Central Okanagan Public Schools expects to learn more next Monday about the possibility of a new provincial funding formula, the school board chair told The Daily Courier on Thursday.

Moyra Baxter said schools across the province are worried the B.C. government may change its approach to how it funds school districts, which might impact programs such as special-needs education.

“We have been very open about our concerns, if the government decides to fund certain areas of education in a different way,” she said.

“We are hoping that it won’t just be rolled into the block funding on a per capita basis, on some sort of estimation.”

Minister of Education Rob Fleming has notified school boards of a conference call on Monday.

Baxter is bracing for change, which may not work for a growing area such as the Central Okanagan.

Now, school districts get “a lump sum, so to speak,” and then additional funds for services such as special needs, Baxter said.

“We just don’t want to get complacent. We just want to make sure that we are meeting all the needs of students.”

It’s also an issue for school boards when providing support for students who may have behavioural issues, but who aren’t “officially” assessed or identified as special needs.

Baxter spoke of the funding formula after Wednesday night’s regular school board meeting.

Also at Wednesday’s meeting, trustees approved the school district’s five-year capital plan.

School boards must submit their shopping lists to the provincial government before June 30.

Trustees unanimously approved Central Okanagan Public Schools’ submission, which includes requests for new schools, upgrades to existing schools and new school buses.

The Central Okanagan needs new high schools in Glenmore and West Kelowna, as well as new elementary schools in Wilden and the university area.

The additional elementary schools are longer-term requests.

The district is also hoping for cash to expand several elementary and middle schools, including Rutland, Springvalley, Dr. Knox and Const. Neil Bruce.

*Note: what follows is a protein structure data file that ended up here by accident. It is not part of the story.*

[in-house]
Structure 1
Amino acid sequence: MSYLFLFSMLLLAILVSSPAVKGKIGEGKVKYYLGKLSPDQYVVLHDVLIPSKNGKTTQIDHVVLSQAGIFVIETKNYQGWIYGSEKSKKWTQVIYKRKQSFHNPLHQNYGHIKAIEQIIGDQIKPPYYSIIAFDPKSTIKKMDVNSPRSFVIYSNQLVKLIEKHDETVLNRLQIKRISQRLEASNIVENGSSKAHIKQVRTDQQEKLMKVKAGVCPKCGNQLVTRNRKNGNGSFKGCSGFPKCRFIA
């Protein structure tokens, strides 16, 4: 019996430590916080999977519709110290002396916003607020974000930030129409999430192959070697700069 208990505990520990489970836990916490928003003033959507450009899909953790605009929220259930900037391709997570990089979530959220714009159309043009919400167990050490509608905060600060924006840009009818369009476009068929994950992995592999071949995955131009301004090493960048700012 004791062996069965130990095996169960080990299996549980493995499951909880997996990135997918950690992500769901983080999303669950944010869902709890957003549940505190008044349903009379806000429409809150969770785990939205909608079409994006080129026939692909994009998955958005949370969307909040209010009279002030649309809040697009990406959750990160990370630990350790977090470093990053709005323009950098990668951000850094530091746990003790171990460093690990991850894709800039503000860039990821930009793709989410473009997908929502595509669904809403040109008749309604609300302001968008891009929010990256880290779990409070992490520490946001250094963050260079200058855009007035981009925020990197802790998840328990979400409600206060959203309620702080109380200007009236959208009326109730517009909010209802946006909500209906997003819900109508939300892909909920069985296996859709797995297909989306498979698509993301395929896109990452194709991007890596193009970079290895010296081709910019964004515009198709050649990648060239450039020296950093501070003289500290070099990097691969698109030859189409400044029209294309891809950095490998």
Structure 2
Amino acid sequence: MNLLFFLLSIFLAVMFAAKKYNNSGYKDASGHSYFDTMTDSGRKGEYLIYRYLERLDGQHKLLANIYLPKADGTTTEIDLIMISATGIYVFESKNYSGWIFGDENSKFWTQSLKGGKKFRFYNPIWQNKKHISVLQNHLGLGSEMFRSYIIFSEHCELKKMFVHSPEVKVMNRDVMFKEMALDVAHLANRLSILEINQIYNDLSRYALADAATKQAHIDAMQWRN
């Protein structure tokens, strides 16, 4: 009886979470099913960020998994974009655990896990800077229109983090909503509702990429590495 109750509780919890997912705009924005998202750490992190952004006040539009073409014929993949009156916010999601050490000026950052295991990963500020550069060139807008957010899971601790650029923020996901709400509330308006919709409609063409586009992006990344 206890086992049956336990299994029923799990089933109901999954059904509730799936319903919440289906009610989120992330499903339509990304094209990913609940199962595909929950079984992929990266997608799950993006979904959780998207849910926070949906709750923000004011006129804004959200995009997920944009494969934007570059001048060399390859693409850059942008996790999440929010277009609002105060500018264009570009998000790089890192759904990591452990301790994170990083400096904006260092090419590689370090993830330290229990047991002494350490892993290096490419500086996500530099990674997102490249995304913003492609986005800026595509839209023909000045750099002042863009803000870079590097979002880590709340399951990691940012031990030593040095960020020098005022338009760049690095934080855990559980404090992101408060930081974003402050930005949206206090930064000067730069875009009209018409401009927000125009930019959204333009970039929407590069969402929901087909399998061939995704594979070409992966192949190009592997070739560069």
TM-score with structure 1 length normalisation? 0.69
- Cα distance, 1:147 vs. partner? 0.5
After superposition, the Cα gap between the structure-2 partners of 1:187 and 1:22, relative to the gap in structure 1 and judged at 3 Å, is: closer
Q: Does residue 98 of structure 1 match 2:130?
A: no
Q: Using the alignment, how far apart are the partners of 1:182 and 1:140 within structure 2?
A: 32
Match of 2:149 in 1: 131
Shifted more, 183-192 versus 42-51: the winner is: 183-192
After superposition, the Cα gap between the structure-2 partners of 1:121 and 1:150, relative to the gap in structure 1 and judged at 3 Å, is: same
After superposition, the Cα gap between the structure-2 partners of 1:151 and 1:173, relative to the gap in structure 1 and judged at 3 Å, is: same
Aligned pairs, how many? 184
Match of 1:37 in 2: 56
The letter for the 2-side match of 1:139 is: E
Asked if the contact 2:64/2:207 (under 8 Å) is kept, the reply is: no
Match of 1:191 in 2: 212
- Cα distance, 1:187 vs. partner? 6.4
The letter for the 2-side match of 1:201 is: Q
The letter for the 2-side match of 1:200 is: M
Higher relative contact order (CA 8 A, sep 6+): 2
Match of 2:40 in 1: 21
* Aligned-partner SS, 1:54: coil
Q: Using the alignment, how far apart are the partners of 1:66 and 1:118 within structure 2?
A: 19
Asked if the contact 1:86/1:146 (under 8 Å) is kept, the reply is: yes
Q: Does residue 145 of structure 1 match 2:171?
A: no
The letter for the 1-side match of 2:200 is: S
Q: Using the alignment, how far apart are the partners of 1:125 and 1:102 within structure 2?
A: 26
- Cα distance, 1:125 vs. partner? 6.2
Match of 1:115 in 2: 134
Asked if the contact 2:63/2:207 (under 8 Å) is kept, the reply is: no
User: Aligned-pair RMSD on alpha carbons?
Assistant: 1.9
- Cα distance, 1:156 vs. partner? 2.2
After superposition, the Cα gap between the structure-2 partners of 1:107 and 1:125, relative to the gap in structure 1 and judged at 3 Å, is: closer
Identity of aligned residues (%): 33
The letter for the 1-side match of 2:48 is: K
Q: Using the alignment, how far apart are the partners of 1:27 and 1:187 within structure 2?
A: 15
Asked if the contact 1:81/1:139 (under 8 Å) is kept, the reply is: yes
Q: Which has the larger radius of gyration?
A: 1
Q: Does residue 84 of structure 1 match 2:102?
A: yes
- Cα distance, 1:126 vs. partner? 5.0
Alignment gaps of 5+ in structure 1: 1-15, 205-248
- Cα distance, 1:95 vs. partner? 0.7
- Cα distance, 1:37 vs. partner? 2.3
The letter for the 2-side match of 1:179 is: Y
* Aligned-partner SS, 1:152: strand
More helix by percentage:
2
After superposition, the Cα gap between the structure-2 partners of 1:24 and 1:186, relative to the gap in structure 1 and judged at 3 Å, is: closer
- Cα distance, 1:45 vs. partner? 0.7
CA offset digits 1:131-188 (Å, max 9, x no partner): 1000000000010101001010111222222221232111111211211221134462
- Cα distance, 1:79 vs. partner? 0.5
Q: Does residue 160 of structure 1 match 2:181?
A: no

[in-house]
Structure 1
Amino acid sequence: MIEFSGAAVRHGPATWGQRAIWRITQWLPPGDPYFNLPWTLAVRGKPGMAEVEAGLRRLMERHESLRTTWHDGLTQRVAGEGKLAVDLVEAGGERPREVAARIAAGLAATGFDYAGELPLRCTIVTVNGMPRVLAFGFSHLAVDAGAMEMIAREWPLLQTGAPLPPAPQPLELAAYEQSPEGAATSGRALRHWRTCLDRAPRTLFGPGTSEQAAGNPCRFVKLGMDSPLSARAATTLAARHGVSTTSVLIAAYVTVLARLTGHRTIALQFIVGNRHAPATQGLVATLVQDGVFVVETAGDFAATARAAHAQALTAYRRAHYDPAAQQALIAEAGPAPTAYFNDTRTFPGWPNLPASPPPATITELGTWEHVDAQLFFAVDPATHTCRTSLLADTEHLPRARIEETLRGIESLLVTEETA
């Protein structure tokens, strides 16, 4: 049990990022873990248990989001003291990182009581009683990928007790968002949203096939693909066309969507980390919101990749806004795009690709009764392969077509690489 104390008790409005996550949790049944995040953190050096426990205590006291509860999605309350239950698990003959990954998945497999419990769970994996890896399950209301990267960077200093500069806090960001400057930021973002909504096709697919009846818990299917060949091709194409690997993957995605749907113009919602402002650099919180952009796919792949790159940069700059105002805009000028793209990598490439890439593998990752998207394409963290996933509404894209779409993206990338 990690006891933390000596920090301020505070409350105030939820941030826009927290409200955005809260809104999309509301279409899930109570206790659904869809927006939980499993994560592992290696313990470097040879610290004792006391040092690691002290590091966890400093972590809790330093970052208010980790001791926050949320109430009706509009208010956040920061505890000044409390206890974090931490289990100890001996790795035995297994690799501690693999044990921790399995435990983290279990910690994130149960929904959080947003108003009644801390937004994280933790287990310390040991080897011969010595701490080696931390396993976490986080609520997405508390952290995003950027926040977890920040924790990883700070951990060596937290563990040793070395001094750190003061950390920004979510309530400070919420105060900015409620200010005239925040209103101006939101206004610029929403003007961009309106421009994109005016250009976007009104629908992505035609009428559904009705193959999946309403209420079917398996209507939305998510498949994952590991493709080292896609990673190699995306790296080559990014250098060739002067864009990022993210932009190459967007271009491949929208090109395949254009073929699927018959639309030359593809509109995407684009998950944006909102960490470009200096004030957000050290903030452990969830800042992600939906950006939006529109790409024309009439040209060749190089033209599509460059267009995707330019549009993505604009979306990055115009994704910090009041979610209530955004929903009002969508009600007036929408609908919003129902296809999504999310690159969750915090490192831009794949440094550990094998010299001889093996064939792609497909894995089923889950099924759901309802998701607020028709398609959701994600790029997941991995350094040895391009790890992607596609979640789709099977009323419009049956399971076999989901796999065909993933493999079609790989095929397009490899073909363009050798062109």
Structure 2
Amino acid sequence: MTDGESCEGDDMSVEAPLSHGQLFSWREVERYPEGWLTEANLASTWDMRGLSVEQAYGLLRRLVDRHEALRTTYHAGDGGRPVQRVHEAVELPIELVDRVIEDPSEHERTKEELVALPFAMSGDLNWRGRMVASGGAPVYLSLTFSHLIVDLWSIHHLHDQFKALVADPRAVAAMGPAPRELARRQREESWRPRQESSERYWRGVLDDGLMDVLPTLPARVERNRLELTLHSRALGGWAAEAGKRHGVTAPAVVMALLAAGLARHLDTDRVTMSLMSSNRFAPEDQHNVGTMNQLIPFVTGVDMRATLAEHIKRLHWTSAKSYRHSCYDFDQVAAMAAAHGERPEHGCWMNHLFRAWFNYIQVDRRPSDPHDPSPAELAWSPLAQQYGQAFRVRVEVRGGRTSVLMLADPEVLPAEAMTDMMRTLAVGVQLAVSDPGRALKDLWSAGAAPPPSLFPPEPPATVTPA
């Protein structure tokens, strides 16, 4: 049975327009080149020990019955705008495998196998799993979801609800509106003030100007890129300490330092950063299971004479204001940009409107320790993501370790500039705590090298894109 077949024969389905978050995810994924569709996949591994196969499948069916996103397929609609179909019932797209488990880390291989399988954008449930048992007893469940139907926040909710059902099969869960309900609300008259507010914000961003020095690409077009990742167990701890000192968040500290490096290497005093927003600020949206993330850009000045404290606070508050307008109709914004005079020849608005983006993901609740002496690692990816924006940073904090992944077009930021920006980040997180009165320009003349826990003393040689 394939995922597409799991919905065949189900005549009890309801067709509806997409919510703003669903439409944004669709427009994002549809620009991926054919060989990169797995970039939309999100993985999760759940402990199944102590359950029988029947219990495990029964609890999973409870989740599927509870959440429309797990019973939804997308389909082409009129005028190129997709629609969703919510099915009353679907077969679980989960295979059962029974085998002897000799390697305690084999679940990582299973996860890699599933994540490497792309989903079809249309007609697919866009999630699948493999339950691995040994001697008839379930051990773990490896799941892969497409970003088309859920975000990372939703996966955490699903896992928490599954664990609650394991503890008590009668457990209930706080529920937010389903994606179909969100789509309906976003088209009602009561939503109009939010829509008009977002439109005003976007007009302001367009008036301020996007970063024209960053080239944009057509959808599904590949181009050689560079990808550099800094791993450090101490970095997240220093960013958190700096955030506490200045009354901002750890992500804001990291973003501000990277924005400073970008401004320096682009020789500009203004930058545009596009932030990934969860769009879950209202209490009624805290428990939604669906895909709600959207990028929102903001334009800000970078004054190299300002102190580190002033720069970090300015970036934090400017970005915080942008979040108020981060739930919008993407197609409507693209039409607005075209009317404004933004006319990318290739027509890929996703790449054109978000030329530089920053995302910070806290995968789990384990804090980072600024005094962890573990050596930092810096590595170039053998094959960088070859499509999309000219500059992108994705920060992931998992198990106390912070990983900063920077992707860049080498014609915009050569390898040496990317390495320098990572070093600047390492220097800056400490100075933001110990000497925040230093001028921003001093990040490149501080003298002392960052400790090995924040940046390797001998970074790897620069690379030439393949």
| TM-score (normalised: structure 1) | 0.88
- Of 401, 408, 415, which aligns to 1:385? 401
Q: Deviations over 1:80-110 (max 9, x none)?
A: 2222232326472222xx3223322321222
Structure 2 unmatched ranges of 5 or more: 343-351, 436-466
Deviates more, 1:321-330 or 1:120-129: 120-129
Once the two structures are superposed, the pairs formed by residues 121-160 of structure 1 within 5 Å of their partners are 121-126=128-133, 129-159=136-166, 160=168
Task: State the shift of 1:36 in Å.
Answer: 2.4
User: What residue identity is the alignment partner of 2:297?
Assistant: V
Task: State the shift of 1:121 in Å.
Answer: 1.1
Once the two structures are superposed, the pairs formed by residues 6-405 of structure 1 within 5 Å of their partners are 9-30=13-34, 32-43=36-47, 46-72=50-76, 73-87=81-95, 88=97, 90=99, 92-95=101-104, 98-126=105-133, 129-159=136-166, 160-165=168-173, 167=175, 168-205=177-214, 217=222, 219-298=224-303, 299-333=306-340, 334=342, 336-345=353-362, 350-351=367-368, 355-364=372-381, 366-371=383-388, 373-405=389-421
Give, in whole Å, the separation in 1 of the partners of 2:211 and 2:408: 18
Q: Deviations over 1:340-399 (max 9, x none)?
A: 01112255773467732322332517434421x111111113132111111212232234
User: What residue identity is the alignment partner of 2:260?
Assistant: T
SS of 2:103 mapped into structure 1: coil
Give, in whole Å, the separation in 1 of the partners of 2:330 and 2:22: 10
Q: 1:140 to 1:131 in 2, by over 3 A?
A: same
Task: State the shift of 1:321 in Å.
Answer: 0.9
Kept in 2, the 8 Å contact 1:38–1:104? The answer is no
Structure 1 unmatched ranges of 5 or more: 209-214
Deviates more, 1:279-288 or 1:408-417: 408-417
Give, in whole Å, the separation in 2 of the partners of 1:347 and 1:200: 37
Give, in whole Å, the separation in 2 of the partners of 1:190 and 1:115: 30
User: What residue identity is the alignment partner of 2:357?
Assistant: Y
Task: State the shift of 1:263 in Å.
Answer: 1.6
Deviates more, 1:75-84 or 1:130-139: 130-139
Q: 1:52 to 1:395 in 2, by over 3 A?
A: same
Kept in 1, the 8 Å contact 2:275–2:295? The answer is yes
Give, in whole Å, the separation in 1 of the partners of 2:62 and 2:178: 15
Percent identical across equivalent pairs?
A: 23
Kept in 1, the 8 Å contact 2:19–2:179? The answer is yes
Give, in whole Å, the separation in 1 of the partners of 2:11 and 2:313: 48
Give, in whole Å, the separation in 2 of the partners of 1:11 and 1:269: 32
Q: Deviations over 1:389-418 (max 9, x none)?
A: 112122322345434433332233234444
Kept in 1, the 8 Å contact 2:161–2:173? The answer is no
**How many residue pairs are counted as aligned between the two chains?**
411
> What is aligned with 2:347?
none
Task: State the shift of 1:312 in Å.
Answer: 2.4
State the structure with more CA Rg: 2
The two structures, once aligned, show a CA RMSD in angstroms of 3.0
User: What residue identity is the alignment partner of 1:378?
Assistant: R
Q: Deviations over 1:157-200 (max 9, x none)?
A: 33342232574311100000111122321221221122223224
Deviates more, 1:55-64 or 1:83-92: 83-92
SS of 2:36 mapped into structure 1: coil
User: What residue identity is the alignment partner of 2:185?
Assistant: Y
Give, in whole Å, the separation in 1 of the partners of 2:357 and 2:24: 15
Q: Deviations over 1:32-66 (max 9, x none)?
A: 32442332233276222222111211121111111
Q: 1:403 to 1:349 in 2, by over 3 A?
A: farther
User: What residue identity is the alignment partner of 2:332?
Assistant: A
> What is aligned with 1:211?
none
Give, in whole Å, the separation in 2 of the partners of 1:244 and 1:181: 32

Rutland Middle School has 11 portable classrooms while Dr. Knox and KLO each have seven.

Educators also hope to replace Glenmore Elementary, George Pringle and Raymer as they struggle with overcrowding.

The trouble Central Okanagan Public Schools faces is land, Baxter said.

She said that about 15 years ago, the district sold off considerable assets in what’s proved to be a hasty move.

Now, the school district needs to find additional land for a Glenmore/Central Kelowna high school, Rutland Middle and West Kelowna high school sites.

The district owns a piece of land near the Apple Bowl, but it’s unlikely to be large enough for a high school.

Much of the space in Rutland is inside the Agricultural Land Reserve.

Without additional high schools, the Central Okanagan can’t implement new grade configurations.

The district wants elementary schools to include kindergarten to Grade 5, middle schools to have Grades 6-8 and secondary schools to have Grades 9-12.

“We’re looking at all options. We’re looking on both the Westside and central Kelowna, because until we get another high school in the Kelowna, Glenmore area, we can’t go forward with our grade reconfiguration,” Baxter said. “We cannot put another grade into KSS at the moment.”